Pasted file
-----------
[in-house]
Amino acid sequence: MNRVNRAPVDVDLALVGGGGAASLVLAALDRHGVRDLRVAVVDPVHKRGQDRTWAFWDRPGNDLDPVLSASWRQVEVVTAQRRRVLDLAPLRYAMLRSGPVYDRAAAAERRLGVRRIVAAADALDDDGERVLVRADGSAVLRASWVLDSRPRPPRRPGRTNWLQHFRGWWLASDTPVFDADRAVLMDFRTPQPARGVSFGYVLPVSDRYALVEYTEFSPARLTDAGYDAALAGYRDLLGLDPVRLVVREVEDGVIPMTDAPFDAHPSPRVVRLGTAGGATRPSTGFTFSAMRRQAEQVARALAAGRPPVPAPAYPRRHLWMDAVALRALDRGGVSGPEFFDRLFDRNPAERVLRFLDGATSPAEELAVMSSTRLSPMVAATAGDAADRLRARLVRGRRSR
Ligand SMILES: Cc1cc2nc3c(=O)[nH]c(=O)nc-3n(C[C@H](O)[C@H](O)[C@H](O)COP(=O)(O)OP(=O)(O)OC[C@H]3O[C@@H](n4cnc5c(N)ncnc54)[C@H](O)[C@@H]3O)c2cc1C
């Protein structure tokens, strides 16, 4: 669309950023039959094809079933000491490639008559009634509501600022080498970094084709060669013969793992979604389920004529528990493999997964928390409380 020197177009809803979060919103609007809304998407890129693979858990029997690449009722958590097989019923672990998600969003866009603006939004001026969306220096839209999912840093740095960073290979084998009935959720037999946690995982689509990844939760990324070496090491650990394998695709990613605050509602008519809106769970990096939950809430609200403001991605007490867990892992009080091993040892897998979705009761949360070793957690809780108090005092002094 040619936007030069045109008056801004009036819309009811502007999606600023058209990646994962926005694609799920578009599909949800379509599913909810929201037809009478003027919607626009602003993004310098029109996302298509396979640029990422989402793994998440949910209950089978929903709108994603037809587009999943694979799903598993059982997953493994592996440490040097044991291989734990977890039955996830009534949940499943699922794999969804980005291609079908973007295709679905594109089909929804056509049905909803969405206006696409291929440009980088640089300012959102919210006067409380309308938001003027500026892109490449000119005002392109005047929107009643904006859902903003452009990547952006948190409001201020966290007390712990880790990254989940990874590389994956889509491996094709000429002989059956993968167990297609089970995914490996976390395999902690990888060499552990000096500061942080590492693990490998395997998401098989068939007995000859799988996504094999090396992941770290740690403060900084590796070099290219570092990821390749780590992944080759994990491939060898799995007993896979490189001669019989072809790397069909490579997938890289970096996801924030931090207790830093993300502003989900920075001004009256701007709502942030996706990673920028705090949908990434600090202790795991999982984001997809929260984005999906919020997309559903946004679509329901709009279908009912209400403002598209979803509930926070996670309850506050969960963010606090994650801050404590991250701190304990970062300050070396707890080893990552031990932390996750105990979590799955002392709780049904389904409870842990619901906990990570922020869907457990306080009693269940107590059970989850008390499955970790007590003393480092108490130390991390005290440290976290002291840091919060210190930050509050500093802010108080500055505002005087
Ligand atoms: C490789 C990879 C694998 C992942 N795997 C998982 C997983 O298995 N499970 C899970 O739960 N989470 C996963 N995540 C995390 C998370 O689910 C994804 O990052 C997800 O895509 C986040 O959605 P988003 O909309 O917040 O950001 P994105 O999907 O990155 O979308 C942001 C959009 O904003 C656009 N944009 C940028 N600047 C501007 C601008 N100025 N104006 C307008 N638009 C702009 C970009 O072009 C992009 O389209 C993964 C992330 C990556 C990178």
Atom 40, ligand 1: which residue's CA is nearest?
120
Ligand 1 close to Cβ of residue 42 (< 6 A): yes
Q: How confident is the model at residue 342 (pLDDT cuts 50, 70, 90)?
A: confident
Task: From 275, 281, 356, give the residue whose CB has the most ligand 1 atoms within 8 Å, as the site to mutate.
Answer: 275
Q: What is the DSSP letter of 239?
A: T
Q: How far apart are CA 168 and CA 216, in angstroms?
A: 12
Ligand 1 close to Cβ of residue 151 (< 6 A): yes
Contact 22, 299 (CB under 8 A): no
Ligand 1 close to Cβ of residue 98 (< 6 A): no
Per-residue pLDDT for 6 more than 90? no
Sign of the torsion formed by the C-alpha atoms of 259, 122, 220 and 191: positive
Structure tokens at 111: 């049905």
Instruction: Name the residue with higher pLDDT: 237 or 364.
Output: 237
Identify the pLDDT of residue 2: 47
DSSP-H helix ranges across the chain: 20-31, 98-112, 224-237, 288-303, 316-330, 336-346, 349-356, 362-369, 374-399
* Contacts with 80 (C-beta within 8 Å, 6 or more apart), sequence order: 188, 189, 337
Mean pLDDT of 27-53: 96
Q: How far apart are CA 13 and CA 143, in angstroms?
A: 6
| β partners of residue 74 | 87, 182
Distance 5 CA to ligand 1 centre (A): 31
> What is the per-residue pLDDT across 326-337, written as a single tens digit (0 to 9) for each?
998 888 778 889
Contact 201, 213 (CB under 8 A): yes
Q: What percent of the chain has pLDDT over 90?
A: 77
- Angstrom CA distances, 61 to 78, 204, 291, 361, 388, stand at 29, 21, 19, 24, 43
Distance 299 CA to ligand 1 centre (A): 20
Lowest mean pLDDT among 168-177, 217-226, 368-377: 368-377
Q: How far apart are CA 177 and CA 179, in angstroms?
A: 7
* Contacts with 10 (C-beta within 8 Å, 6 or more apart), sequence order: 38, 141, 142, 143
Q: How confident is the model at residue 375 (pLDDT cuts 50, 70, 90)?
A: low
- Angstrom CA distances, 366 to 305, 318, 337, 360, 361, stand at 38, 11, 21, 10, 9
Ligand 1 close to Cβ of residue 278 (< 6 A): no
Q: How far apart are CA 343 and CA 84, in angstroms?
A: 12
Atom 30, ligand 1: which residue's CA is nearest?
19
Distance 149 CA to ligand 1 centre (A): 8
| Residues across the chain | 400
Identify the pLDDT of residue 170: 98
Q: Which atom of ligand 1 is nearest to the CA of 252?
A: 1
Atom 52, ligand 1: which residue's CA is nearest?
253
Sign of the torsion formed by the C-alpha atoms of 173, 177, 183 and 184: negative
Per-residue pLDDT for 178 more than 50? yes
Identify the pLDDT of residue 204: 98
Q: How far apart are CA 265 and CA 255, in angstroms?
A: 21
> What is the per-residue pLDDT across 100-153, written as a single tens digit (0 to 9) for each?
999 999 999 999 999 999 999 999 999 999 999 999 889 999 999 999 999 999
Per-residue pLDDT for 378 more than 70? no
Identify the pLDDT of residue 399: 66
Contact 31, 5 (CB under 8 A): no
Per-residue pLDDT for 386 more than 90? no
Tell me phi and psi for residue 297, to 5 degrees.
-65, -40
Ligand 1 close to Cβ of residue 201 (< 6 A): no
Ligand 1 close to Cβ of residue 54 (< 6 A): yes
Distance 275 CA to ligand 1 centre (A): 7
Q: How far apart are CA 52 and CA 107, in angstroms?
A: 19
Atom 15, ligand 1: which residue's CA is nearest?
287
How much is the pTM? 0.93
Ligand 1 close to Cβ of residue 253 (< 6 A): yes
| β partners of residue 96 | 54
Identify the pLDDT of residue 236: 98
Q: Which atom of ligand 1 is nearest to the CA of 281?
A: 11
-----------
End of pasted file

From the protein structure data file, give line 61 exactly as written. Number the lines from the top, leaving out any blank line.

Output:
Identify the pLDDT of residue 204: 98